The Secret Ballot Destruction Act

The Secret Ballot Destruction Act

Bandow op ed in CNSNews.com
March 14, 2007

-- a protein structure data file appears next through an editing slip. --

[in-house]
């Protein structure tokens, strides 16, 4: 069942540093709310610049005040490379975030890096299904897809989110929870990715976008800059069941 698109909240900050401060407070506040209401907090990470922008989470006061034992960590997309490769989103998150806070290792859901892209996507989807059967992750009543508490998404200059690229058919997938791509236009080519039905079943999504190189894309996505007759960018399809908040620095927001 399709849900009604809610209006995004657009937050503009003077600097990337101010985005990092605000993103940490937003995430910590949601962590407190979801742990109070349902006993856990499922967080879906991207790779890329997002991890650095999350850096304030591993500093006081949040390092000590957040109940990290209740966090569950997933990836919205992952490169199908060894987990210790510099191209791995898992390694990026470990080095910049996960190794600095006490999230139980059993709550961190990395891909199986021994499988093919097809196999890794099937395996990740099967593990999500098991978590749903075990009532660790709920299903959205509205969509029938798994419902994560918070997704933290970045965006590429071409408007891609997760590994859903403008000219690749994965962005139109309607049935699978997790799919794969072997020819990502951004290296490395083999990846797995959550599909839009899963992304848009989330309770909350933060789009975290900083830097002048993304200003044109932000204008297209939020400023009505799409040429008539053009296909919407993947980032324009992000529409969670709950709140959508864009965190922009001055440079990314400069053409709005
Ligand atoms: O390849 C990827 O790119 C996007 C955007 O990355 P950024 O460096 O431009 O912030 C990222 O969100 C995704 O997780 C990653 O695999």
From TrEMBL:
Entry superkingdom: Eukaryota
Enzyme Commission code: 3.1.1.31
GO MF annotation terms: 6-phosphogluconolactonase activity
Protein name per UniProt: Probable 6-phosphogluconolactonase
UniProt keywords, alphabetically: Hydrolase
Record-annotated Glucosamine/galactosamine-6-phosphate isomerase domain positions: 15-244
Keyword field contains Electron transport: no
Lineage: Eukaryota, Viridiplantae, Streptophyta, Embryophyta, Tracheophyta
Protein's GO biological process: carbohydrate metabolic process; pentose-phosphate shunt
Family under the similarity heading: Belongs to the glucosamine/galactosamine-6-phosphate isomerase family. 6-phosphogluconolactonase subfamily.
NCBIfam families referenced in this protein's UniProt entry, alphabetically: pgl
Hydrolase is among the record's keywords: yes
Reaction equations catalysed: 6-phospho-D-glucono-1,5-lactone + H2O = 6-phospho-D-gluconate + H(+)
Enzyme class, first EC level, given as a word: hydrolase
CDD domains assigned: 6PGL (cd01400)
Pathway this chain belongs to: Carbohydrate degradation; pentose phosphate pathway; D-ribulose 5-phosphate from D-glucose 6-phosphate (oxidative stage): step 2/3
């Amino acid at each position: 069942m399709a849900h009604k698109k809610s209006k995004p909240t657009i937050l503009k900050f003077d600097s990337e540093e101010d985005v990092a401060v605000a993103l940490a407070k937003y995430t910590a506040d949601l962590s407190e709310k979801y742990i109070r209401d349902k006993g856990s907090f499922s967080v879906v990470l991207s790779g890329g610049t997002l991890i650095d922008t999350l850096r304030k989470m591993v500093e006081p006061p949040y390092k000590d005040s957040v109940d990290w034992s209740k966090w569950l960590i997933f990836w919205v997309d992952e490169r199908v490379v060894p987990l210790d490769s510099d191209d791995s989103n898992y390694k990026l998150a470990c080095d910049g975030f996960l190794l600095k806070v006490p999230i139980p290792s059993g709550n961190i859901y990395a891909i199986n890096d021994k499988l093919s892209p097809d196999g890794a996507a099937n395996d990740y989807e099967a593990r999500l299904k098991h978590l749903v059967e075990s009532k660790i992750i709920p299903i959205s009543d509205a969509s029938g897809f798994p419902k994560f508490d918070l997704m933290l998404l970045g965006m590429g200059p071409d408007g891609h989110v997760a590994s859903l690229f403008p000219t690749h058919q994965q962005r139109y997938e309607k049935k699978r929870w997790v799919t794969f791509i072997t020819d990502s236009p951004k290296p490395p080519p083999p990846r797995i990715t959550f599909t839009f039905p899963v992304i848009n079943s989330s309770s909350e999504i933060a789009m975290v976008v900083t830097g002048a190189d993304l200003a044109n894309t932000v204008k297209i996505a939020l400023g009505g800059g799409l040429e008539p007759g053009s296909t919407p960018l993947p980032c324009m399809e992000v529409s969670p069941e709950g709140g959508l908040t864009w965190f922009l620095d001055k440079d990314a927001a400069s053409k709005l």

There was a time when American leftists actively promoted something called "economic democracy," which entailed giving employees a greater say over management decisions—not a particularly good way to run a business. Many Democrats moved away from such utopian schemes with the election of Bill Clinton as President. Yet the fantasy of running businesses like the government has never entirely disappeared on the Left.But there's one economic instance where most liberals don't like democracy: when workers decide if they want to unionize. On March 1, the House of Representatives passed a bill that would order companies to accept a union if labor organizers convince a majority of workers to sign a card, through a form of organizing known as "card check." The bill faces a tougher time in the Senate and a veto threat from President Bush, so expect Big Labor to go all-out in pushing this bill.The Nation magazine argues that, "Simple recognition when a majority of workers sign cards is a more democratic process" than holding an election. But that's like inaugurating a new president if his aides convince enough people to sign an endorsement petition.Despite union wailing, it isn't hard to organize if employees really want to: Uncle Sam mandates an election if just 30 percent of employees sign a petition. But Big Labor wants to make things easier for itself. Unions poured an estimated $104 million directly into the November elections to help Democrats take control of Congress. Far more, acknowledges union consultant Jon Tasini, is spent on indirect expenditures that need not be disclosed, such as issue ads and get-out-the-vote efforts.Organized labor expects a return on its investment. No proposal is more important for the unions than the misnamed "Employee Free Choice Act," which would substitute card check for elections, allowing unions to win legal recognition based on a preliminary, and very public, show of hands. If the government is going to be involved, it's hard to argue against a secret ballot election run by the National Labor Relations Board (NLRB) for assessing worker sentiment. A recent Zogby poll found that union members themselves believed, by an 84 percent to 11 percent margin, that employees should be able to vote on union membership. The argument advanced publicly by organized labor for card check is that elections are unfair because of terrible employers who intimidate employees. In fact, the vast majority of representative elections are held within two months of a request. Moreover, a secret ballot makes employer intimidation—vote against the union or else!—impossible.Existing law already punishes companies that pressure or fire pro-union employees. The National Labor Relations Board has found that union organizers were illegally fired in fewer than 2 percent of cases that came before it. Organized labor loses almost as many elections as it wins because the majority of workers today say they don't want to join a union.Instead of seeking to enhance penalties that they claim are inadequate, unions say scrap the system—cancel elections and let us win. (Curiously, they don't advocate authorizing card check for employees seeking to drop a union.)The real reason organized labor wants card check is that elections don't guarantee the results that unions want—but that's the nature of elections. You can't always get what you want. For decades, labor organizers won only half the votes. Today, unions lose more than 40 percent of representation elections.To Big Labor, that means elections are ipso facto unfair. Obviously it doesn't make sense for labor activists to seek an election if workers vote "no" nearly as often as "yes." In contrast, the AFL-CIO says it wins 75 percent of card-check campaigns. This should come as no surprise. In which scenario is intimidation more likely: a secret ballot election overseen by the NLRB, or a union-run card check campaign in which union organizers can pressure employees into signing cards? As former union organizer Jennifer Jason recently told the House Education and Labor Committee: "From my experience, the number of cards signed appear to have little relationship to the ultimate vote count...The time allocated for the election to go forward allows the worker a chance to think through his or her own issues without undue influence thus avoiding an immediate, impulsive decision based on little or no fact."No wonder organized labor wants to eliminate employee elections. And today, the Democrats control Congress thank in part to union activists' help -- so it's no wonder House Speaker Nancy Pelosi has promised: "We're going to move on 'card check,' because now we set the agenda and that will be part of it." Economic freedom already is under attack on many fronts in the new Congress. No battle is more critical than that over card check legislation—more accurately called "The Secret Ballot Destruction Act."<?xml:namespace prefix = o ns = "urn:schemas-microsoft-com:office:office" />